The final section (‘Viewing and Reception’) explores how viewers understood, evaluated, interacted with, and responded to Roman sculpture. The essays engage these themes in a variety of ways, using a range of evidence, both literary and material, and of methodological approaches. The interpretation of Roman statuary—by ancient viewers and modern scholars—is the focus here. Topics include: the different ways art is discussed in ancient literary texts (Cicero is interested in subject matter, Pliny in artists, Quintilian in style); the utility of reception theory as an alternative to the historical/contextual approach in understanding viewer response; how insights from modern museum studies might help us to understand Roman practices of collecting and displaying ‘art’; what the ubiquity of two-dimensional representations of statues in Roman art might tell us about the ancient landscape of (now mostly lost) three-dimensional statuary; how humans interacted physically with statues, sometimes in surprisingly intimate ways (e.g. bathing, feeding, grooming); and how this intimate physical relationship between humans and statues might result in the more violent and destructive interaction of iconoclasm. Such a diversity of subjects, however, makes this section seem much less coherent than the others, while also highlighting the richness of interpretive possibilities.
The volume is well-produced, although the aversion to footnotes sometimes makes reading difficult, particularly when parenthetical references run over several lines. Some chapters would have benefited greatly from more illustrations, particularly of sculpture that is less well known, and others could easily have done with fewer, without sacrificing clarity. In the age of Google images and Flickr, was it really necessary to illustrate the chariot relief from the Arch of Titus or the Farnese Herakles? On the other hand, I was grateful for the chapter-by-chapter bibliographies, which makes the volume more user-friendly and will make it easier to assign individual chapters for course readings. And while I found some essays more interesting and thought-provoking than others, that is surely to be expected in a handbook that covers so much ground. The editors have certainly fulfilled their aim to provide readers with the current state of and potential new directions in the field of Roman sculpture studies.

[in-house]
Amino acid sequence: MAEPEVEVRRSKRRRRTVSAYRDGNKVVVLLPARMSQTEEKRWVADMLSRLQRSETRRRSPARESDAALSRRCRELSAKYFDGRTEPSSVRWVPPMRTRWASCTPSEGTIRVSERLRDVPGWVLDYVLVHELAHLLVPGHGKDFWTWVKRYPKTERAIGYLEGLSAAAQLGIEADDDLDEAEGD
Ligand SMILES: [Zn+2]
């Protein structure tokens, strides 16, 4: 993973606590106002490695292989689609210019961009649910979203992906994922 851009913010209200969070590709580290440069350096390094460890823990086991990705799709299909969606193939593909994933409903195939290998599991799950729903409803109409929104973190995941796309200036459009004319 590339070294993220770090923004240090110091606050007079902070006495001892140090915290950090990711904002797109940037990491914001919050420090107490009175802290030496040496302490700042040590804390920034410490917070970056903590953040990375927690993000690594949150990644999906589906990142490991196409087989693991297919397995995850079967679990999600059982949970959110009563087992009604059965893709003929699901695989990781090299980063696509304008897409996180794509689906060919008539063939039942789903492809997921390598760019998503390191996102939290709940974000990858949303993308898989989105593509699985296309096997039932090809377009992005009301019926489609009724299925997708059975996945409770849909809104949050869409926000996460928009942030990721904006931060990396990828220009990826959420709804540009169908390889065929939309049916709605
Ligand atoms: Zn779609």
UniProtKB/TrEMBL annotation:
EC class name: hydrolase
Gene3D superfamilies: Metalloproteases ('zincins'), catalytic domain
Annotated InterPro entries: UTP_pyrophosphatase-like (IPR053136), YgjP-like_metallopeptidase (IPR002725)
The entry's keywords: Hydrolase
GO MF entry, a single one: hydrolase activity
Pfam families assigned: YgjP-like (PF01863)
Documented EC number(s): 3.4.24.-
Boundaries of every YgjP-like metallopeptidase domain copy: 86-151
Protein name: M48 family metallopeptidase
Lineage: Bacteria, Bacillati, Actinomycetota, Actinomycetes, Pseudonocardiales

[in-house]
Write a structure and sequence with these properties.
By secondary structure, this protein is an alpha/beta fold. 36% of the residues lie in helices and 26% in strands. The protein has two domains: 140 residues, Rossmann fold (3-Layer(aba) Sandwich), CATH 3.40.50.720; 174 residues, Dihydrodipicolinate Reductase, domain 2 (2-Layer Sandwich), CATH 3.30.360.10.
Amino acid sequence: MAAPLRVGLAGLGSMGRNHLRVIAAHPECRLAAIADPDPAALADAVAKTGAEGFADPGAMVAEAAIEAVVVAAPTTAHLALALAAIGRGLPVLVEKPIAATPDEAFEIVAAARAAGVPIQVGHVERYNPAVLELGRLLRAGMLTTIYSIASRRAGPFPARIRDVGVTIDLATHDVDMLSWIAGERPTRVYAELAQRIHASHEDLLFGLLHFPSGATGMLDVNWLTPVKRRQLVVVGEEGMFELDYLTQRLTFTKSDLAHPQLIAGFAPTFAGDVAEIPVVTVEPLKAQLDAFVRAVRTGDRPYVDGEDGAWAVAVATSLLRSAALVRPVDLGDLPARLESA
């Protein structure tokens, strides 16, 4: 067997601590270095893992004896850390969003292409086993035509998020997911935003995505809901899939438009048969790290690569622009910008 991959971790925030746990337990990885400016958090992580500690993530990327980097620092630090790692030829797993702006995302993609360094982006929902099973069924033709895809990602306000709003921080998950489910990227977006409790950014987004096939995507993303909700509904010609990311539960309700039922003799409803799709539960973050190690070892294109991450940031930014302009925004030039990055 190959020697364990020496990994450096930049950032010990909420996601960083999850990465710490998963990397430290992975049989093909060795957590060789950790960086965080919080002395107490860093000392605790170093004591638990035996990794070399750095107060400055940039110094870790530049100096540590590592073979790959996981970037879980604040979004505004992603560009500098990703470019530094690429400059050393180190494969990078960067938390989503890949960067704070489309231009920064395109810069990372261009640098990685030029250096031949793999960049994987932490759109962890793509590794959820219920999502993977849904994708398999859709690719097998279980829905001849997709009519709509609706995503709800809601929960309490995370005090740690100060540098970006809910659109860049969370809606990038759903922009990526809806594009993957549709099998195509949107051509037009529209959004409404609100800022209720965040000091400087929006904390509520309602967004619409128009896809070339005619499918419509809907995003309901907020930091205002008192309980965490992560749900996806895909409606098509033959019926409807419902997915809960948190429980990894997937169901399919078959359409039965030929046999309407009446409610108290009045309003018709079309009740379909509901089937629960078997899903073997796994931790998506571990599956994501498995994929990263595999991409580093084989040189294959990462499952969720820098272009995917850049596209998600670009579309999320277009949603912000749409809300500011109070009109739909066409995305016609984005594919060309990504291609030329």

Table of Contents
Introduction / Elise A. Friedland and Melanie Grunow Sobocinski
Collecting in Premodern Europe / Elizabeth Bartman
Conservation and Restoration / Jerry Podany
Collecting in Early America / Hima Mallampati Gleason
Current Trends in Museum Display / Jessica Powers
Three-Dimensional Scanning and Modeling / Bernard Frischer
Marble Quarries: Ancient Imperial Administration and Modern Scientific Analyses / Patrizio Pensabene and Eleonora Gasparini; Translated by Massimo Carlucci
Marble Carving Techniques, Workshops, and Artisans / Amanda Claridge
Reuse and Recarving: Technical Evidence / Eric R. Varner
Bronzes / Carol C. Mattusch
Terracottas / Adi Erlich
Polychromy / Mark B. Abbe
Transport and Distribution / Ben Russell
Style: Applications and Limitations / Mark D. Fullerton
Etruscan Connections / Nancy T. De Grummond
“Idealplastik” and the Relationship between Greek and Roman Sculpture / Anna Anguissola
Portraiture / Susan Wood
Monumental Reliefs / Melanie Grunow Sobocinski and Elizatbeth Wolfram Thill
Archaism and Eclecticism / Lori-Ann Touchette
Egyptian-Style Monuments / Molly Swetnam-Burland
Late Antique Sculpture / Christian Witschel
Architectural Settings / Brenda Longfellow
Religious Dedications / Matthew M. McCarty
Domestic Displays / Elaine K. Gazda
Funerary Monuments / Bjorn C. Ewald
Epigraphy and Patronage / Steven L. Tuck
Imperial Messages / Barbara Kellum
Non-Elite Patronage / Lauren Hackworth Petersen
Gender / Eve D’Ambra and Francesca Tronchin
Northern Gaul, Germany, and Britain / Kimberly Cassibry
Hispaniae and Narbonensis / Alicia Jimenez and Isabela Roda
North Africa / Francois Barrate and Nathalie De Chaisemartin
Greece / Mary C. Sturgeon
Asia Minor / Diana Y. Ng
Egypt / Christina Riggs
Near East / Thomas Maria Weber
Aesthetics and Latin Literary Reception / Michael Squire
Reception Theory / Jennifer Trimble
Ancient Analogs of Museums / Josephine Shaya
Images of Statues in Other Media / Eric M. Moormann
Human Interactions with Statues / Ellen E. Perry
Iconoclasm / Troels Myrup Kristensen.